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A teaser of what you'll see in my mSchool course. Economics & Technology
Reynolds, Arthur J. Temple, Judy A. Ou, Suh-Ruu. Arteaga, Irma A. White, Barry A. B. (2011). School-Based Early Childhood Education and Age-28 Well-Being: Effects by Timing, Dosage, and Subgroups. Sciencexpress. (10.1126) 1-11. For those who might recognize this study, I blogged briefly about this study and the coverage it received from popular intellectuals like Matt Yglesias and Megan McArdle. This study focuses on the long-term effects of publicly funded interventions that allowed inner-city student...
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Barton, Keith C. Thornton, Stephen J.(2011). "Can History Stand Alone? Drawbacks and Blind Spots of a 'Disciplinary' Curriculum" Teachers College Record Volume 113 Number 11, 2011, p. - 'http://www.tcrecord.org' ID Number: 16106, Date Accessed: 7/21/2011 5:44:45 PM This article focuses on whether history education can be separated from social studies education, as many historians and history educators have preferred for a while now. At the crux of this issue is the differences held between history and social studies educators...
This post is more economics than education, but the basic nature of selling knowledge as a good or service makes this story relevant. Many have been singing the praises of the NYT paywall, given the jump they've seen in the number of subscribers. As a result, analysts are improving their ratings of NYT stock and other publications are ente...
As Steve and Hui Soo know, I take a lot of pride in my geographic knowledge (just quiz me on any geography trivia)...maybe even a tad boastful. So I was quite curious to see what the latest report from the NAEP said about the state of geography education. Turns out we are doing a better job of educating our young'uns (grade 4), as there have been statistically significant gains from 1994 test scores. Moreover, low-performing students of grades 4, 8, and 12 all showed improvements from 1994 scores. On the other hand, th...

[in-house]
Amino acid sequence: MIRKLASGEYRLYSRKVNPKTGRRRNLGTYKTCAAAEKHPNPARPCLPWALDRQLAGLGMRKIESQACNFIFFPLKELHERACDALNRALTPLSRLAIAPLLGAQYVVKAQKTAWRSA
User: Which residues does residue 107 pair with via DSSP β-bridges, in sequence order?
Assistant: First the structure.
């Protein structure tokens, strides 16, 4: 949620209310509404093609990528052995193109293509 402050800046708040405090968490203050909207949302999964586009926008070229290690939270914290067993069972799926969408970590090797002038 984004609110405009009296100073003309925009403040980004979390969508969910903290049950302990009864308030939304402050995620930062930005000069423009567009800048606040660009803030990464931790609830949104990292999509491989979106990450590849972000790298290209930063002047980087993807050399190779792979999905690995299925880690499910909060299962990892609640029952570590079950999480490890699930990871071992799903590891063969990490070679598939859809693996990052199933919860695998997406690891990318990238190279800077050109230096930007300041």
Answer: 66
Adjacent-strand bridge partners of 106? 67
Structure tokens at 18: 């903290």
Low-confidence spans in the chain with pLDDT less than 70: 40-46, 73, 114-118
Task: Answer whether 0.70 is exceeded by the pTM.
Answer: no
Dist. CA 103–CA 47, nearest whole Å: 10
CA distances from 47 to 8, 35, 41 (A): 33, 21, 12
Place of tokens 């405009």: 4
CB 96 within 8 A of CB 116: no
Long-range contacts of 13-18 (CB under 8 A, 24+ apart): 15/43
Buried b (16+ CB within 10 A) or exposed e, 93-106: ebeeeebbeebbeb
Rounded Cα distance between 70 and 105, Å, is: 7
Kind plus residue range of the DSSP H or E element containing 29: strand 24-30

John Tierney writes in the New York Times about the costs of safety-first playgrounds that offer little to no physical challenge or risk. On the one hand, there are rarely, if ever, incidents where permanent physical damage occurs from playground equipment. On the other, there are many psychological benefits to intimidating and challenging playground apparatus, such as tall slides and jungle gyms. Unfortunately, fears of litigation, safety guidelines, and parental concerns have led to the removal of challenging playground e...
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Matthew Cameron has a good piece on one of the problems with reforming higher ed. The way most regents boards are constructed for state universities, governors are able to nominate political allies and donors to the boards with ease. What results is a fairly unqualified, disinterested, and ineffective board for enacting necessary changes to make higher education more efficient. What is perhaps saddest about this situation is that there are such obvious...
Leafsnap is an iPhone app that serves as a mobile field guide for exploring the variety of flora that exists in the northeastern United States. The purpose of this app is to be able to easily identify species of trees and plants simply using visual recognition technology and the camera on an iPhone. The app also contains a fantastically large set of pictures of each of the tree species available in its field guide. Pros: The app comes with a simply enormous set of hi-res photos of ...
As Eric Hanushek writes in Education Next, California's legislature is cutting down on the length of the school year, a horrible idea as far as educational policy goes. Yet what's worse is that this is a terrible fiscal trick as well. Never mind the obvious effects less time in the classroom have on student achievement, is this really going to save California a lot of money? More students will have to be held back and more will likely involve themselves in costly social ills that ultimately require governmen...
As I noted in today's Trends in Ed post, PARCC are not going through with their "through-course" testing design, which would have involved creating four quarterly summative tests to be used for accountability purposes. This was largely a missed opportunity to move away from a testing model that relies on a sample size of one end-of-the-year summative test that currently lies at the center of accountability metrics. It seems wiser to look at measures throughout the year to determine whether end-of-the-year scores are truly accurate and representative a student's knowledge and a teacher's effica...